Elsewhere

Crucial Fact

  • His favourite word was vote.

Last in Parliament October 2000, as Independent MP for York South—Weston (Ontario)

Lost his last election, in 2000, with 41% of the vote.

Statements in the House

Kosovo April 12th, 1999

Mr. Speaker, I too would like to associate myself with some of the comments made by the hon. member. I would like to elicit his views on the subject of sending NATO ground troops into Kosovo. In my respectful submission it would be a terrible mistake to involve NATO and Canadian soldiers in a ground war that could result in the loss of many lives not only on the NATO side but also on the Serbian side.

What are the hon. member's views with respect to the sending in of ground troops? Would he not agree that it is important for parliament to send a very clear message that it does not support a ground war in Kosovo?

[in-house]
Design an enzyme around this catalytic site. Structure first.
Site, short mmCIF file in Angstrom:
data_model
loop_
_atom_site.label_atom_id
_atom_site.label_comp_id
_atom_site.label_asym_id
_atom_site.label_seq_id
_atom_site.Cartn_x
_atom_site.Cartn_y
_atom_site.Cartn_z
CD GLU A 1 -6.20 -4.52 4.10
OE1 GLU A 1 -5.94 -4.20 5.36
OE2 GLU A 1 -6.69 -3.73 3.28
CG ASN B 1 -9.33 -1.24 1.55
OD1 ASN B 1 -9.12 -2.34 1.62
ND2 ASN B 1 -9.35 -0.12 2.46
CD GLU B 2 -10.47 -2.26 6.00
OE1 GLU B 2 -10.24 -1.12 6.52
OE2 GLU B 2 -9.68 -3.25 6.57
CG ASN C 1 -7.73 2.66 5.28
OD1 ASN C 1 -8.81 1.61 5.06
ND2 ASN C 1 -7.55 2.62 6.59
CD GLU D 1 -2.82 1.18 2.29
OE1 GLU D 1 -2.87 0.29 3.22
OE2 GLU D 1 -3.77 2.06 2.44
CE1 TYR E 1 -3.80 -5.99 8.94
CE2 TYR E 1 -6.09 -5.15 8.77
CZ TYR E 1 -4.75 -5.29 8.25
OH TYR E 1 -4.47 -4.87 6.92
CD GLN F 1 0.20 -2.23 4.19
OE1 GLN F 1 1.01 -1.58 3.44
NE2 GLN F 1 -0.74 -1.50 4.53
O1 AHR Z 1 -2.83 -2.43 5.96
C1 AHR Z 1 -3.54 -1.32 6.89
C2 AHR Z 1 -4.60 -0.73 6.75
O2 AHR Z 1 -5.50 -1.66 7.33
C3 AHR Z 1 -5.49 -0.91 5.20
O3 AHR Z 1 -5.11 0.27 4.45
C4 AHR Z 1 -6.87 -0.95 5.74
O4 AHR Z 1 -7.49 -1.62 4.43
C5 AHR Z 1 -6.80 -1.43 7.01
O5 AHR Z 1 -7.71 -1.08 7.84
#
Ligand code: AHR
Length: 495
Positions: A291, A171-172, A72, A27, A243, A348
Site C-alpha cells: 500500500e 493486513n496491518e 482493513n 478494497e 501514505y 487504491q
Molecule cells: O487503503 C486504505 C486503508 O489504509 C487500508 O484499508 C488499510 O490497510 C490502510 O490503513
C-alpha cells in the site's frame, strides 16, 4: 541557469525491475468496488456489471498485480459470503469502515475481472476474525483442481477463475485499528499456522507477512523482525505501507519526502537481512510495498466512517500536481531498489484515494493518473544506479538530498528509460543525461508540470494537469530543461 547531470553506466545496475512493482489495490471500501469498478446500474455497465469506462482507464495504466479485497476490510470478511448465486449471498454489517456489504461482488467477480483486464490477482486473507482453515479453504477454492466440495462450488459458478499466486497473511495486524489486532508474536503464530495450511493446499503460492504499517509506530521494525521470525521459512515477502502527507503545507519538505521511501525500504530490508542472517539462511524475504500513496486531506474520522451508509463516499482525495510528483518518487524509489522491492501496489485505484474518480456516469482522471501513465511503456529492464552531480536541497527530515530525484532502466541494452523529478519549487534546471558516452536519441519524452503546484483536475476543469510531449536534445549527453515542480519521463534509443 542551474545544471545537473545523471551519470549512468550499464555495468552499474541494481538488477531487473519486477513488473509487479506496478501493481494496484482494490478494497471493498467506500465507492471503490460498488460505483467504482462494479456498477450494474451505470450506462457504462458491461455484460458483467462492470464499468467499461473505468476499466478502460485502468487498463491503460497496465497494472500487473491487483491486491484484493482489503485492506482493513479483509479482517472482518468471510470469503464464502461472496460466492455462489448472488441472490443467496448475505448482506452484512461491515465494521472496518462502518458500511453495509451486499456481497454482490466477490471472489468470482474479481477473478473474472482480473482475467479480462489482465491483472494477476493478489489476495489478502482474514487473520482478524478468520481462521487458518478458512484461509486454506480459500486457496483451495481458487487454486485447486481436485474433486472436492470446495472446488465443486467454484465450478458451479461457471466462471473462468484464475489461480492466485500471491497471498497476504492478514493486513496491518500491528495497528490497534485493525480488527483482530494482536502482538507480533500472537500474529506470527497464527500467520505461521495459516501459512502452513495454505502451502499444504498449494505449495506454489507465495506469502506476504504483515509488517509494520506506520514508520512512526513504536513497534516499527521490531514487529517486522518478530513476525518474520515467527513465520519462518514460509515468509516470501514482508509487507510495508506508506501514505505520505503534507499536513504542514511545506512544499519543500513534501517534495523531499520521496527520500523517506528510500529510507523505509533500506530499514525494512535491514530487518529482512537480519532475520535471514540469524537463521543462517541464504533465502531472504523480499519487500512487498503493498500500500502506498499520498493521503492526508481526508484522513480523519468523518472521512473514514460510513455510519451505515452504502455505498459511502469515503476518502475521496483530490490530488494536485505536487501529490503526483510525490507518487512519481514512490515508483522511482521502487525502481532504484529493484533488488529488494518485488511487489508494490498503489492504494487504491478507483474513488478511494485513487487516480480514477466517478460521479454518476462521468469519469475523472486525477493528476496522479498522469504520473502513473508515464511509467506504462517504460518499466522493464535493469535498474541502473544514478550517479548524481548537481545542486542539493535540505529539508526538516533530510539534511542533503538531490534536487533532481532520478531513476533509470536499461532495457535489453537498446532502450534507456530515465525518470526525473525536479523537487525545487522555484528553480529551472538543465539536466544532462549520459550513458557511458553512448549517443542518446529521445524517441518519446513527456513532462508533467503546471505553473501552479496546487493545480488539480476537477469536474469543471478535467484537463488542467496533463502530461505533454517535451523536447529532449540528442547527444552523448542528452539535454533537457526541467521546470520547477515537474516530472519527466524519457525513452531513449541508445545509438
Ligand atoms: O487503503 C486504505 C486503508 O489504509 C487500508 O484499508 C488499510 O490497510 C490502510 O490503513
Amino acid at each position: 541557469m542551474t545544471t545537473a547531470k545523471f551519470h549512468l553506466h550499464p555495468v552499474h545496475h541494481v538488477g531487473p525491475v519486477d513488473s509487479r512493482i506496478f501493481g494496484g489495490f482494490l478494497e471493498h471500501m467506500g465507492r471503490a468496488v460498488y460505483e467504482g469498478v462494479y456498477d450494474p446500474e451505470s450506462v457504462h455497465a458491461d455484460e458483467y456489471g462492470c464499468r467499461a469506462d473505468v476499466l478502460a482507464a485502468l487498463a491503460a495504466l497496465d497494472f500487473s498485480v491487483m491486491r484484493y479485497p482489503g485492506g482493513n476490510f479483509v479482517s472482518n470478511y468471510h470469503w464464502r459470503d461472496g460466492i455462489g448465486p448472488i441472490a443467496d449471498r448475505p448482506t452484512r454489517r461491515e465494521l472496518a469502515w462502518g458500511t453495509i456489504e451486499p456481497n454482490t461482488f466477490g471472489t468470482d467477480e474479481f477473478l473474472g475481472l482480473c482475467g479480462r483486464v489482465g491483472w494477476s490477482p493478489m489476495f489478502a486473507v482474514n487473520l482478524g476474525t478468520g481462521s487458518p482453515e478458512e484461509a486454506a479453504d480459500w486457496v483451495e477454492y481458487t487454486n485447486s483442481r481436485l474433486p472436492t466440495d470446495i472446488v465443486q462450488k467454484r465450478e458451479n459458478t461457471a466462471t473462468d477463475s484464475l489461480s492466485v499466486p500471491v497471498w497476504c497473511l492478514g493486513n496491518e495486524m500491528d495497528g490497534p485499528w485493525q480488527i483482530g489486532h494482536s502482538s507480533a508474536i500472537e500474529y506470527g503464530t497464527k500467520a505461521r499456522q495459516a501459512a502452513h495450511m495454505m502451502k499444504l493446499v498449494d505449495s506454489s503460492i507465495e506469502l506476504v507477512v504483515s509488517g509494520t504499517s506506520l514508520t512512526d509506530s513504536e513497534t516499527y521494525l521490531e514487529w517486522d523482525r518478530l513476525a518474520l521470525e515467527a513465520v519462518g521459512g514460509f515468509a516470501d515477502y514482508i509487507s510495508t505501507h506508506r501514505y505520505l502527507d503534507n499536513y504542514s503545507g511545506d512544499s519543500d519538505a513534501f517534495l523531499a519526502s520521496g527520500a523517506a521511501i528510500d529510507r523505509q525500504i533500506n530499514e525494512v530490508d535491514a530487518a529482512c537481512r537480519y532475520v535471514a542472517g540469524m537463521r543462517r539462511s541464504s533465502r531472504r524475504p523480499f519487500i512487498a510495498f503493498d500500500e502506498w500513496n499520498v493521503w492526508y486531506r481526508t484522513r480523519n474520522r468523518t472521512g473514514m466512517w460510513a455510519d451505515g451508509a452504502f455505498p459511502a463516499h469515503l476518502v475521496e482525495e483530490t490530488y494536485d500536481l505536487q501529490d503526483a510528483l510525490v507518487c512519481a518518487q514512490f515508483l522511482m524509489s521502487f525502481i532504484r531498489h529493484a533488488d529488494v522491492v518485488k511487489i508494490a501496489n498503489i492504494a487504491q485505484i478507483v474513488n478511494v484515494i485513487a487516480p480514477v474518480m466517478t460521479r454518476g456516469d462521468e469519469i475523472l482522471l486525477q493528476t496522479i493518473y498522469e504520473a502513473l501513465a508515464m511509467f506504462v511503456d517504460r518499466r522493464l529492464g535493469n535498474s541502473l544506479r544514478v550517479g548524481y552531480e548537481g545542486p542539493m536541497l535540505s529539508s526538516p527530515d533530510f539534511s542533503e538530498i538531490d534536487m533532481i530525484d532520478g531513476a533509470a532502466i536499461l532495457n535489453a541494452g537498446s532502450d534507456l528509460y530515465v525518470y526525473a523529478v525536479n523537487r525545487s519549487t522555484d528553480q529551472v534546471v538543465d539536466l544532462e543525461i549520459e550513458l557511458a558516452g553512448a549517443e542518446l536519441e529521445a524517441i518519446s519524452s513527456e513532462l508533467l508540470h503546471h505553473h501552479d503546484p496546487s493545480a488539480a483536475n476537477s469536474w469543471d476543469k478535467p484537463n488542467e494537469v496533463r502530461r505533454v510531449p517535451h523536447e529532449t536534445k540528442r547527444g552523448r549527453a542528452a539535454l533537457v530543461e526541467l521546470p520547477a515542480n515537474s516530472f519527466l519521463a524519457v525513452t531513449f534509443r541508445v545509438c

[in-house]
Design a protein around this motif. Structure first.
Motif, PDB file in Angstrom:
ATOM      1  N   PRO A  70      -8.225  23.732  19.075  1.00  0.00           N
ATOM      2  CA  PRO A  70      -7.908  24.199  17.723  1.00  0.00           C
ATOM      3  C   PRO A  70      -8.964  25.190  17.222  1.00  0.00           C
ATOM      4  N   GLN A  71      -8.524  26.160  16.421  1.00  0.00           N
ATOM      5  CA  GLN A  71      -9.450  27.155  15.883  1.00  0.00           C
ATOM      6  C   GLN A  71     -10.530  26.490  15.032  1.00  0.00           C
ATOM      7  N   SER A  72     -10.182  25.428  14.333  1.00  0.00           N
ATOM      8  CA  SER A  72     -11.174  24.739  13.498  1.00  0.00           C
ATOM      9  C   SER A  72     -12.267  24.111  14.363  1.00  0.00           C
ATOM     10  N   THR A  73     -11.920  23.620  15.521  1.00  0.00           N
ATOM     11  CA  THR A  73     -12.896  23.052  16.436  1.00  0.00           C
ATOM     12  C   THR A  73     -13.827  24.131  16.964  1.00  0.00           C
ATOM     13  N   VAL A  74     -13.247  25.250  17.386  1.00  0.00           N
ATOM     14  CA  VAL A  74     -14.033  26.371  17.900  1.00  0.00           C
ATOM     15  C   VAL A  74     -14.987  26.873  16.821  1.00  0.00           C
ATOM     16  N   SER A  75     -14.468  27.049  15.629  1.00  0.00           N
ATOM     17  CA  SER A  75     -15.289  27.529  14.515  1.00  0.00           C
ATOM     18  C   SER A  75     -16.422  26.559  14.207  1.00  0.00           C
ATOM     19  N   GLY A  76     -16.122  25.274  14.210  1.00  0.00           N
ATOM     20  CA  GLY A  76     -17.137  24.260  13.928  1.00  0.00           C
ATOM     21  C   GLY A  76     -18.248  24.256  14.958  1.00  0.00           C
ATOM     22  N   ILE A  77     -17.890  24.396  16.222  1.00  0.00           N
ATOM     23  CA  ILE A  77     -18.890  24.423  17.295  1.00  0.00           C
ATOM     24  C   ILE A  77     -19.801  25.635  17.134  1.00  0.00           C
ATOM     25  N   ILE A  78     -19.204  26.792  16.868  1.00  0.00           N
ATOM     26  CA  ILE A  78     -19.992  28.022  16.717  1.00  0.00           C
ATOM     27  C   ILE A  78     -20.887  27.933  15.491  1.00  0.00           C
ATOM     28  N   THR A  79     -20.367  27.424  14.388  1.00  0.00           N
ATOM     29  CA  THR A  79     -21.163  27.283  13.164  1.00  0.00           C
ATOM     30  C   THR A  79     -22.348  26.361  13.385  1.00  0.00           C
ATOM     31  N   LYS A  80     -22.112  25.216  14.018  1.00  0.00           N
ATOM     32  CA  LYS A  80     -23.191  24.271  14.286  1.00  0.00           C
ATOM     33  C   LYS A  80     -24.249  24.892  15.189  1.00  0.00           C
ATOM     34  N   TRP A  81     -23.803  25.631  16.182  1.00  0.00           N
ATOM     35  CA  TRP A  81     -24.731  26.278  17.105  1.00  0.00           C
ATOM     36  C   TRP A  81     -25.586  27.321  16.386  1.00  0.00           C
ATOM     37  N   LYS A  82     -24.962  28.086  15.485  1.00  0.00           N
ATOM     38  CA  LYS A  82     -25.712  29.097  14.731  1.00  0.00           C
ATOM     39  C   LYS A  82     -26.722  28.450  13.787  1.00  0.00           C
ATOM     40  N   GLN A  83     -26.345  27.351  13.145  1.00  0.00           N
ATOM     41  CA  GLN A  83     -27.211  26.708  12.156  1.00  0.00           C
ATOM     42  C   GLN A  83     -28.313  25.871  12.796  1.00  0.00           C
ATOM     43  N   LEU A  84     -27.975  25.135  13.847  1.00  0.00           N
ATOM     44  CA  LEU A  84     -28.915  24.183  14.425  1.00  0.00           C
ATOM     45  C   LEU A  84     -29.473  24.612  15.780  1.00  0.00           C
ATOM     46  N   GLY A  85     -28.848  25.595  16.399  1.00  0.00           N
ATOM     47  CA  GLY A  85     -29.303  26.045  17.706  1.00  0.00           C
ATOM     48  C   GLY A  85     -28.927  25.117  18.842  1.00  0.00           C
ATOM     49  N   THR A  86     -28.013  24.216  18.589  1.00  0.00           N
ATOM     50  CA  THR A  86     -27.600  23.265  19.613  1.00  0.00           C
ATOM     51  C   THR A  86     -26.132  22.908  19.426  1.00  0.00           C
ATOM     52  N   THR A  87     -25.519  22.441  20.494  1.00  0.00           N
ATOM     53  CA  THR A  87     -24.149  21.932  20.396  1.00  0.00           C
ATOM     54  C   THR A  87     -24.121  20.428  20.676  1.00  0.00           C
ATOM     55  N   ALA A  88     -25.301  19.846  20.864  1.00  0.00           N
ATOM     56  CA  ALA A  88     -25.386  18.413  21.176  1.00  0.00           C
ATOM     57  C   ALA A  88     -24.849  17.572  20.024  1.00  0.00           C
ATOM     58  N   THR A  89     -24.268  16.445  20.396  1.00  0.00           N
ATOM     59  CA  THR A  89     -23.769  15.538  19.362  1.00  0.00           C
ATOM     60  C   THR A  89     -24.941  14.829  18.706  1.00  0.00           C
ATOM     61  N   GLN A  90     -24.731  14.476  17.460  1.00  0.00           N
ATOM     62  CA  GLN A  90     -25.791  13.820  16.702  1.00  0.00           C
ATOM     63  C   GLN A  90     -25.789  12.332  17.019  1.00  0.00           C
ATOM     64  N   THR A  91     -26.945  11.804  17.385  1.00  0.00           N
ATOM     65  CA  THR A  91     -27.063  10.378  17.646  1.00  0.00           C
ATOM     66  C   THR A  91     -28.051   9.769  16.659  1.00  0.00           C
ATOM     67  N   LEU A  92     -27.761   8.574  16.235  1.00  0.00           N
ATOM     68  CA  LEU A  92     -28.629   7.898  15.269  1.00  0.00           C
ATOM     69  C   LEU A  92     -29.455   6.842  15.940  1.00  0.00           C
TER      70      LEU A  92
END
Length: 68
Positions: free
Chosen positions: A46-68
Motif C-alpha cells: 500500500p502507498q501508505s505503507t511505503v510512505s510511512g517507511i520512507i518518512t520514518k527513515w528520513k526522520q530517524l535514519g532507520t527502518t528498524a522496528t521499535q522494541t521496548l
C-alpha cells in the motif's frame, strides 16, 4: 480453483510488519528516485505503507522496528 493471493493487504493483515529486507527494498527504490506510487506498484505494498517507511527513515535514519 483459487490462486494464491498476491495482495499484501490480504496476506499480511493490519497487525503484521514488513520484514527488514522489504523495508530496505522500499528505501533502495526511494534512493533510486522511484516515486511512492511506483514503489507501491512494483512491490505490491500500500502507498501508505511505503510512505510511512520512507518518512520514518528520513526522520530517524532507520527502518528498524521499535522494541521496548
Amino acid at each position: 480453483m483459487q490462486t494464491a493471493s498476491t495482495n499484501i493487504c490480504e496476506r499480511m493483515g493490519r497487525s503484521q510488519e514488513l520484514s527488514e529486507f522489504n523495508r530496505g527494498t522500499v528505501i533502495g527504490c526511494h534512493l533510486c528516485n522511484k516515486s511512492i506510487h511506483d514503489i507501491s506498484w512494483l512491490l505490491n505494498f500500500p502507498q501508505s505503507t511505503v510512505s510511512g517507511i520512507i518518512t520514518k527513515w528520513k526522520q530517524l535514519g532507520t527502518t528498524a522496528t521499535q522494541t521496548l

Kosovo April 12th, 1999

Mr. Speaker, the question is at what cost? We agree that the atrocities have to stop. The hon. member talks about staying the course. It seems to me that we have to define what the course is and where we are going. If we get ourselves involved in a war, how are we going to extricate ourselves from that war?

It is almost as if the Canadian government and other NATO partners are making policy on the fly. Canadians were led to believe that the air strikes would be successful within a matter of days. The days have turned into weeks and soon the weeks will turn into months. We are talking about sending in ground troops now. There is an assumption that once we send in ground troops, Canadian soldiers, the war will be won at some point if we stay the course.

That is the same type of thinking which took place not so many years ago in southeast Asia when the Americans went into Vietnam. The Americans thought the war would be over in the short term but the weeks turned into months, the months turned into years and the years turned into the deaths of—

Kosovo April 12th, 1999